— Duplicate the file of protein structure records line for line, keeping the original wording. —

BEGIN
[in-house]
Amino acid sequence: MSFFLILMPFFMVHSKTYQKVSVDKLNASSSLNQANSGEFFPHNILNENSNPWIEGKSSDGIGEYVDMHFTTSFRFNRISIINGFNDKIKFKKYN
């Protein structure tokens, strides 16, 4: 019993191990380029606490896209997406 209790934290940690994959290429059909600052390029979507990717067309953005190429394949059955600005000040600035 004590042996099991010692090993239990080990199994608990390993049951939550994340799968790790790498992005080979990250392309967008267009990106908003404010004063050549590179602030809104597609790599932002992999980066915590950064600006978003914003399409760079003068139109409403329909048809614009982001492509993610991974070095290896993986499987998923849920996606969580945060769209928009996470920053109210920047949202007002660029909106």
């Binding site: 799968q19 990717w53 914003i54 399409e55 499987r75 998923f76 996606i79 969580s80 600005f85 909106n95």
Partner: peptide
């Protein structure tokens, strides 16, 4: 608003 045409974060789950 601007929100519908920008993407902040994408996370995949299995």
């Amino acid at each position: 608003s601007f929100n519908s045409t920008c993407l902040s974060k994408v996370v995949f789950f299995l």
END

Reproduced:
[in-house]
Amino acid sequence: MSFFLILMPFFMVHSKTYQKVSVDKLNASSSLNQANSGEFFPHNILNENSNPWIEGKSSDGIGEYVDMHFTTSFRFNRISIINGFNDKIKFKKYN
């Protein structure tokens, strides 16, 4: 019993191990380029606490896209997406 209790934290940690994959290429059909600052390029979507990717067309953005190429394949059955600005000040600035 004590042996099991010692090993239990080990199994608990390993049951939550994340799968790790790498992005080979990250392309967008267009990106908003404010004063050549590179602030809104597609790599932002992999980066915590950064600006978003914003399409760079003068139109409403329909048809614009982001492509993610991974070095290896993986499987998923849920996606969580945060769209928009996470920053109210920047949202007002660029909106």
């Binding site: 799968q19 990717w53 914003i54 399409e55 499987r75 998923f76 996606i79 969580s80 600005f85 909106n95």
Partner: peptide
């Protein structure tokens, strides 16, 4: 608003 045409974060789950 601007929100519908920008993407902040994408996370995949299995």
């Amino acid at each position: 608003s601007f929100n519908s045409t920008c993407l902040s974060k994408v996370v995949f789950f299995l």